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SCOTUS upholds Obamacare again

Another Ken Paxton failure, for which we should be grateful and also really pissed off.

It’s constitutional – deal with it

The U.S. Supreme Court struck down a Texas-led legal challenge to the Affordable Care Act on Thursday, saying the plaintiffs in the 2018 lawsuit are not being harmed by the law’s unenforceable individual mandate provision — a central argument of the challenge.

The 7-2 ruling did not include an official opinion on whether the ACA, a sweeping piece of health care legislation commonly known as Obamacare, was constitutional.

Instead, the court focused its rejection of the lawsuit — brought by 18 states and two individuals — on its opinion that the plaintiffs didn’t have any standing to sue over the individual mandate, which requires Americans to purchase health insurance and had originally included a financial penalty for those who chose to remain uninsured. That penalty was zeroed out in a later Republican tax bill.

“A plaintiff has standing only if he can ‘allege personal injury fairly traceable to the defendant’s allegedly unlawful conduct and likely to be redressed by the requested relief,’” the opinion reads. “Their problem lies in the fact that the statutory provision, while it tells them to obtain that coverage, has no means of enforcement.”

It was the third time the high court defended the ACA against legal challenges, including a 2012 ruling that the initial mandate — and its tax penalty for noncompliance — was constitutional because it was within Congress’ taxing power.

Texas Attorney General Ken Paxton, a Republican, set out in 2018 to achieve through the courts what his party tried and failed for years to achieve in legislation: the end of President Barack Obama’s landmark health law.

And he failed, because Ken Paxton is a failure in life and in law, and we really need to dump his ass. I recommend you read Mark Joseph Stern’s analysis, which explains why this was a strong ruling. The next step is to elect a better class of Attorney General, here and elsewhere. The Chron has more.

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5 Comments

  1. Jason Hochman says:

    It didn’t fail because the principle is not unconstitutional. It only failed because the plaintiffs didn’t have standing. Someone who can show he was harmed by the law would have a high likelihood of being successful in a lawsuit.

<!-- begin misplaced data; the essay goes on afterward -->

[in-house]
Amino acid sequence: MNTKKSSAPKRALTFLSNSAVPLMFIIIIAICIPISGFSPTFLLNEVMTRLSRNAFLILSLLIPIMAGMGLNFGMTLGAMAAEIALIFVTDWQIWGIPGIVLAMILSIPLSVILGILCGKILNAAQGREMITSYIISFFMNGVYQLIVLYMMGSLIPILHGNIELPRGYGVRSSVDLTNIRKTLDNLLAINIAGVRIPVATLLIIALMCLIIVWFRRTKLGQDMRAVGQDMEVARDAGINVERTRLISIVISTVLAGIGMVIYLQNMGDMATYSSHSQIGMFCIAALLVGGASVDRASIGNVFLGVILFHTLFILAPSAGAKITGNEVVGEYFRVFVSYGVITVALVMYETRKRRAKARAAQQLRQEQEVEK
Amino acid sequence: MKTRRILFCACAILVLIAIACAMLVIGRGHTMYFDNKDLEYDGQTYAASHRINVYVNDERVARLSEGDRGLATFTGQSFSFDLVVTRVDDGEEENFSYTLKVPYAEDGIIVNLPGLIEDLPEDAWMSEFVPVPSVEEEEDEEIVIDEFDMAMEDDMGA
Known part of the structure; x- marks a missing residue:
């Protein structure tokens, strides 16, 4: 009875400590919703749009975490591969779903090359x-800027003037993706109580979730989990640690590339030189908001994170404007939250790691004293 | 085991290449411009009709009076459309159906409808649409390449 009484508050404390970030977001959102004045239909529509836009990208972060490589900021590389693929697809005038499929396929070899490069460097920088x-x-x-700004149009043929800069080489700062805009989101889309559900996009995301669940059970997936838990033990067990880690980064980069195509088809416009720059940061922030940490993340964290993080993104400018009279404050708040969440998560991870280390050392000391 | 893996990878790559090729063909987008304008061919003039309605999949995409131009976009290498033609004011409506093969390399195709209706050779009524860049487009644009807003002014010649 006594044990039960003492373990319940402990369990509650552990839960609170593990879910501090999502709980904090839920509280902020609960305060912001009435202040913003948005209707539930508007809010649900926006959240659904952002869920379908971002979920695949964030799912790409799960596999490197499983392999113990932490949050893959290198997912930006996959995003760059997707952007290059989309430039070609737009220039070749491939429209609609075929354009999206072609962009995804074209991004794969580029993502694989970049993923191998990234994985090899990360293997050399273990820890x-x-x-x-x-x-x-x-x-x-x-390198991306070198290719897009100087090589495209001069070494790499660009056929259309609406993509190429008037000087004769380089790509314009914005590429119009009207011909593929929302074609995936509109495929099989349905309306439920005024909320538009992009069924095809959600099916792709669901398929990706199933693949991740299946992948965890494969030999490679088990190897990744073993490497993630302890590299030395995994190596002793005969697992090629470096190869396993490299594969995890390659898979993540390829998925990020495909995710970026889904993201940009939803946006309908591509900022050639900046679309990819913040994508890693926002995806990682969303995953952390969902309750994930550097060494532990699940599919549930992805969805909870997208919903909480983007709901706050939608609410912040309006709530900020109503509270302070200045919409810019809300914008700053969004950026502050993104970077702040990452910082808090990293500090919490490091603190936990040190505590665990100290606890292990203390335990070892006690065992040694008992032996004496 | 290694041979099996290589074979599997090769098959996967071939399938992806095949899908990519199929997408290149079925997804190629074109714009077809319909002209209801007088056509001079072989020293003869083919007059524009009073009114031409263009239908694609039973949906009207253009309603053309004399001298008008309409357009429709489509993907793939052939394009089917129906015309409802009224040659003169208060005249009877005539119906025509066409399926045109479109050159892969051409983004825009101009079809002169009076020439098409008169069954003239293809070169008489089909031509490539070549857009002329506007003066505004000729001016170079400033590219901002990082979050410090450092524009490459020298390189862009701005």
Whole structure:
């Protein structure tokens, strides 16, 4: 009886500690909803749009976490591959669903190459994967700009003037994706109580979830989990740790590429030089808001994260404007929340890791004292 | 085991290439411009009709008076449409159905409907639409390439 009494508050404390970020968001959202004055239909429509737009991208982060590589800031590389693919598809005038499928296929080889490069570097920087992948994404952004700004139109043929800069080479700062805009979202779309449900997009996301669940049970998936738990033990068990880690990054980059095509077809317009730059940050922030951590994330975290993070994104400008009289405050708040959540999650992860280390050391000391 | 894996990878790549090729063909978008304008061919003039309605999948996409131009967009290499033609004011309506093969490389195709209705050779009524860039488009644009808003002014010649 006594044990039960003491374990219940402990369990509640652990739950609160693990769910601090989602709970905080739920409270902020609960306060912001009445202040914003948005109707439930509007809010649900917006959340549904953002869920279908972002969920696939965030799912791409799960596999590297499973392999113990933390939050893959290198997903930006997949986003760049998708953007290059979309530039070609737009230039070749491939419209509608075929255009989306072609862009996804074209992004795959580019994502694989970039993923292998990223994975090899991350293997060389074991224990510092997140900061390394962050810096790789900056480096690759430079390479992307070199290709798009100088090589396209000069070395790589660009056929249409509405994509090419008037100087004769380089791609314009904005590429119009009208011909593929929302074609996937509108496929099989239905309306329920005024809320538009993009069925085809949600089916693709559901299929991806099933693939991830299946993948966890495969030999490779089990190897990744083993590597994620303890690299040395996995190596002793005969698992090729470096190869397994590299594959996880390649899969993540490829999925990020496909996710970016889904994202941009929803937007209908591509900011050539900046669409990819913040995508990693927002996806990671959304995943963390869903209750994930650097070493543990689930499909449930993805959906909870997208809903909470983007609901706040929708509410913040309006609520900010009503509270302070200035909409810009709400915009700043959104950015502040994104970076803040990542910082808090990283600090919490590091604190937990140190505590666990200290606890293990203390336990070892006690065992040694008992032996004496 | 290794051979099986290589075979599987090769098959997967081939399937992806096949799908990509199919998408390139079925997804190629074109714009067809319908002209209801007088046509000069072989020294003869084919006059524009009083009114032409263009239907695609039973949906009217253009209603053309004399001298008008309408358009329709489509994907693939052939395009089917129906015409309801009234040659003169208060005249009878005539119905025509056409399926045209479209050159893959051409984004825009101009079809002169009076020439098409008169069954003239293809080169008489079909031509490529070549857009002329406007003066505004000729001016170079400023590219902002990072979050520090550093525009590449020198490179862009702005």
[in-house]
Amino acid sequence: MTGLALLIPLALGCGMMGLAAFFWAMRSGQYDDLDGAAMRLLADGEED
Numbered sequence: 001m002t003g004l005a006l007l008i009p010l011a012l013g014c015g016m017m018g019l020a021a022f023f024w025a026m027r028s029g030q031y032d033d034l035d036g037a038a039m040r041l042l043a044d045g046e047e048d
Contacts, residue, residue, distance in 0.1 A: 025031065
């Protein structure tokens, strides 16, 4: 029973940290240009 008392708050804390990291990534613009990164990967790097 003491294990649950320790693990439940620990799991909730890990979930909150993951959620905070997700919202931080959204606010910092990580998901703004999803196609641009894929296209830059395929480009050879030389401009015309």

2. Bill Daniels says:

    When it comes to election fraud, DACA, and O’Care, apparently, there is no person or entity in the known universe that has any standing to challenge them.

  3. Bill Daniels says:

    In an odd twist of fate, Biden meets with Putin, and voila, military aid to the Ukraine is stopped. Where are Col. Vindma’am and Scarf Lady? We’ve got to impeach the motherf*cker! I guess all the payoffs from Russia to the Biden family are really paying off. Maybe it wast the $ 3.5M from the Moscow Mayor’s wife that put it over the top! It’s deja vu all over again. Last time Joe was in D.C., Russia took Crimea. What will Russia take next now that Joe has stopped the arms transfer?

    Waiting on folks to be outraged about this.

  4. Lobo says:

    Proposition: “Someone who can show he was harmed by the law would have a high likelihood of being successful in a lawsuit.”

    Well, if you read the opinions (plural!), you would see that so would have ruled Justice Alito, and that the suit did include individuals as plaintiffs, not just states. But Ailito only got 1 other vote to agree with him: Gorsuch.

    Bottom line for limited-attention-span folks: On the SCOTUS, it boils down to votes just as it does in legislatures, here 7 to 2 out of 9. Not even close, and not even a clean conservatives vs. liberals split. You get more unanimity on the SCOTX, especially on politically charged election law issues, because they are all partisan Republicans.

    And, as Hochman correctly points out, the “win” for ACA was on lack-of-standing grounds. More specifically, lack of an injury that could be traced to illegal acts by the Federal Government. The court didn’t affirmatively rule that the ACA had no constitutional problems.

    Substituting their own health care policy preferences, Ailito and Gorsuch would have used the powers of the judiciary to countermand and thwart the will of Congress.

    California v. Texas, No. 19-0850 and Texas v. California, No. 1901019 (U.S. June 17, 2021)

    https://www.supremecourt.gov/opinions/20pdf/19-840_6jfm.pdf (slip opinion)(total of 56 pages). The syllabus (summary) alone is 3 pages long.

  5. Manny says:

    So if people don’t want to read Lobo’s opinion, they are “limited-attention-span folks”.

    Most of what you write is an opinion that means S**t.

    Jason is now a doctor and constitutional scholar, ain’t bad for a lying Russian bot;-)

    Bill, continues to be the face of the Republican Party, hate for all those hard-working people that ain’t white, stupid, and lazy who don’t get their jobs anymore just because they are white males. Pity party for all you white haters..”